The real fakery involved is the standard posing of the closed, unchanging, exclusive Either/Or that is so so so beloved of traditionalist religious folks - either one may be secular and flabby and sentimental and self-indulgent and hedonistic ... please, do go on ... or ... one may be rigid, devoted to closed/final categories and essences ... often in a telling medieval-like manner of thinking ... while one is thus being utterly faithful to holiness, perfect before God.

Surely the deep axis of the queer communities is to try to establish more open, less Either/Or zones for life and discernment ... admittedly as imperfect as nearly any human endeavor, except for that of the conservative Anglicans of course who are always so perfect, compared to queer folks?

TH prescribes that we should man up. That may be the heart beat of his discomfort? He finds sexuality especially ambiguous? Since when? If queer folks were organized around the sort of ambiguity in self-knowledge, service, and ethics that TH simply presumes, nobody would bother Coming Out - just having secret orgies on the side would be quite satisfying. Once you get an orgasm, you are home free, in TH's flabby thinking about queer sex.

He presumes rather the sort of flabbiness about queer folks that he urges us to supersede by widening and deepening our theology and our life together.

Hint to TH: being sexed bodily grounds a whole lot of fancy high, handsome wide, juicy deep and practical things in life. Many ambiguities formerly presumed to obtain for all things sexual in human life are rapidly being replaced by empirical data which reveals an astounding and marvelous reality, quite complex, and quite developmental.

Tagging the sexed body as your presumed basis for flab, hedonism, and superficiality or narrowness is too indebted to medieval presuppositions and foundations, by far. Yes we will have to rethink the sexed human body, and yes we are indeed rethinking the sexed human body - mainly thanks to the flood of emerging sciences, along with the everyday witness of real, live queer folks who may be just as exemplary or just as silly as any straight folks.

Posted by: drdanfee on Sunday, 20 March 2011 at 11:35pm GMT

Thanks to GKS for the helpful translation corrections. Thanks also to Giles Fraser for getting me right back to Christian basics, and to William Temple. Alas, what has happened to Anglican thinking since Temple?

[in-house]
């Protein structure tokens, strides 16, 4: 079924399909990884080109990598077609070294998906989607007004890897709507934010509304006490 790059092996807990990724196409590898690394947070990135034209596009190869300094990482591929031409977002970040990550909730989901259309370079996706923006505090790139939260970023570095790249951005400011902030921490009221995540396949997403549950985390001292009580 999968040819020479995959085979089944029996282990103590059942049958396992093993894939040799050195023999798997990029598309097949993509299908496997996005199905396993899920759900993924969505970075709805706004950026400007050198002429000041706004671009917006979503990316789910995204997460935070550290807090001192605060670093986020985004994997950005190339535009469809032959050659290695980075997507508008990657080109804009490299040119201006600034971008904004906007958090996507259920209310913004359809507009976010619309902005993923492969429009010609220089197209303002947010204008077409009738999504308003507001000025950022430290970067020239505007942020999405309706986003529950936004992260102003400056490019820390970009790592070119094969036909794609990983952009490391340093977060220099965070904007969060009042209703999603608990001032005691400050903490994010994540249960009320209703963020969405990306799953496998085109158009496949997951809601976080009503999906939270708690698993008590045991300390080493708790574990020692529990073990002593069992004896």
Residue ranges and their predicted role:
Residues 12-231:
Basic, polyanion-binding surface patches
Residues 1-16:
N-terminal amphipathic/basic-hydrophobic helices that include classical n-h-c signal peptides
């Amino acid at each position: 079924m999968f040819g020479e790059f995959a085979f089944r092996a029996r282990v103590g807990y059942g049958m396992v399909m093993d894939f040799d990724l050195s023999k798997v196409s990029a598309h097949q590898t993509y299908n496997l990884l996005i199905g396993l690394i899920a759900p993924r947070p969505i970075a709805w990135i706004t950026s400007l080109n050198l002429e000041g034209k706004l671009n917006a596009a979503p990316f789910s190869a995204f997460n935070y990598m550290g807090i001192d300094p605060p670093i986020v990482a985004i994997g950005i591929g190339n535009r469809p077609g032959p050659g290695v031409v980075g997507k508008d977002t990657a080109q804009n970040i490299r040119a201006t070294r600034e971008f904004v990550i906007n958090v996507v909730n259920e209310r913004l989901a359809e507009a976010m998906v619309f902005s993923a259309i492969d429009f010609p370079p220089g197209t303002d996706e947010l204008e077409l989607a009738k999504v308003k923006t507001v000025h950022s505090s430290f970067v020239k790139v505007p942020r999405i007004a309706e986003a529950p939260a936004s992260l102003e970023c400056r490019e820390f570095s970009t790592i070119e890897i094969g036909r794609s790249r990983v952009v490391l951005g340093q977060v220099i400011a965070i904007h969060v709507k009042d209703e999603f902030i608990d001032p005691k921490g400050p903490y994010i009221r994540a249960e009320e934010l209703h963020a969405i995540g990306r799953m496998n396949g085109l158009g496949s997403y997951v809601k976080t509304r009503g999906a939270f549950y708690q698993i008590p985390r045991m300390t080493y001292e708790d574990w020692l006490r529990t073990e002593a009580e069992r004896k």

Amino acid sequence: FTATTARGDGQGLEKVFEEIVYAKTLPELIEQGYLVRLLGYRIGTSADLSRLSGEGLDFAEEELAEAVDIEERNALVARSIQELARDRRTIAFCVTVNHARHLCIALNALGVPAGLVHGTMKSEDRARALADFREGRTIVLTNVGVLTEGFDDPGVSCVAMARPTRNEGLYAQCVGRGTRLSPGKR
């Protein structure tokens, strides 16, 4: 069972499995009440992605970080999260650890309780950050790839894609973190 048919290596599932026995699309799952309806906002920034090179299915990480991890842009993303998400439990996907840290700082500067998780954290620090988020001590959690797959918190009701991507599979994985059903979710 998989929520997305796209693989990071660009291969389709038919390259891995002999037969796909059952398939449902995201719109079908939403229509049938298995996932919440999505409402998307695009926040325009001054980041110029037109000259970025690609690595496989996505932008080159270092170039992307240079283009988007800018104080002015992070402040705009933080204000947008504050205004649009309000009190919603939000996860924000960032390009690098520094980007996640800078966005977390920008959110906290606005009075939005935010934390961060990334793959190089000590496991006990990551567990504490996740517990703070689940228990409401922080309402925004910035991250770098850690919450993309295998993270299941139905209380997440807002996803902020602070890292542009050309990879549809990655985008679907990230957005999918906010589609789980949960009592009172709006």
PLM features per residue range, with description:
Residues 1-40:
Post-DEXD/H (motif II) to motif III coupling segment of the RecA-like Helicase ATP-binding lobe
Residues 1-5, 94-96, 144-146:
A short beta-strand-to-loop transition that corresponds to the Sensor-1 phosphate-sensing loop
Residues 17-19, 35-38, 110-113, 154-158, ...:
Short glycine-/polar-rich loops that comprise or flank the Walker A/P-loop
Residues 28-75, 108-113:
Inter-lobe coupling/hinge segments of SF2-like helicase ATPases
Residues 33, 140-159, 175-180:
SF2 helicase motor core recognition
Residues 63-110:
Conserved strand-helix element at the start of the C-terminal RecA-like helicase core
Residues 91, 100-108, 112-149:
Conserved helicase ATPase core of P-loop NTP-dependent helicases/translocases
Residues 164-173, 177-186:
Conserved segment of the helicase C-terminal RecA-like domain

J Richardson seems to have fallen completely into the false trap that punishment enacts any sort of justice, however much we still have recourse to punishment as a practical matter. After long, long, long years of hearing how godly punishment is on earth, with eternal punishment being even more godly, I demur. Punishment now seems to me, to be essentially a clear admission that redemption is not found possible, nor repentance change aka metanoia, nor forgiveness that is trustworthy enough to do more than punishment on earth (or in hell?) ever looks likely to make real?

Just sayin...

Posted by: drdanfee on Sunday, 20 March 2011 at 11:42pm GMT

Professor Moles--

A distinction. As I read it, Giles Fraser is ready to distinguish between a disembodied immortal soul, in which he does not believe, and a resurrected person, "body and soul." It's the latter that is referred to in the Creeds, and it's the latter that he says will be part a future posting. Granted, the man has a way of picking a provocative article title!

Posted by: Christopher (P.) on Monday, 21 March 2011 at 12:16am GMT

Re Goran:
I would have said teleios is something like 'complete' rather than 'mindful of the end'. And in the sense of complete as to its innate 'end' one might say perfect (or perfected?) - though I don't much like 'perfect' as a translation here either.

Posted by: Sara MacVane on Monday, 21 March 2011 at 6:56am GMT

@Sara, and I would say neither Perfect nor Complete is within our reach as fallible human beings.

Posted by: Göran Koch-Swahne on Monday, 21 March 2011 at 8:03am GMT

Many valuable comments, especially those from Karen and Goran. However I am surprised no-one has picked up on Theo's rejection of 'accepting who you are' and his belief that it is contradictory to any progress towards perfection/completeness.

In my experience it is those (rare?) communities where you feel accepted as you are which most profoundly demonstrate Christian love. As a concept I have heard it from many spiritual sources, but the two which remain most clear are from a local Benedictine nun and from the introductory week of the year-long Ignatian retreat (on-line). Neither would seem to fit the description of 'soft spirituality', not did either see self-acceptance as opposed to transformation. Indeed self-acceptance was seen as an essential starting point for transformation.

Posted by: Amanda Goody on Monday, 21 March 2011 at 10:23am GMT

@Goran - mine was only a linguistic comment. Teleios as 'mindful of the end' seems to me be stretching the Greek a bit. Surely though you are right to point out that we are never 'complete' much less 'perfect' in the here and now where we see only as in a glass darkly.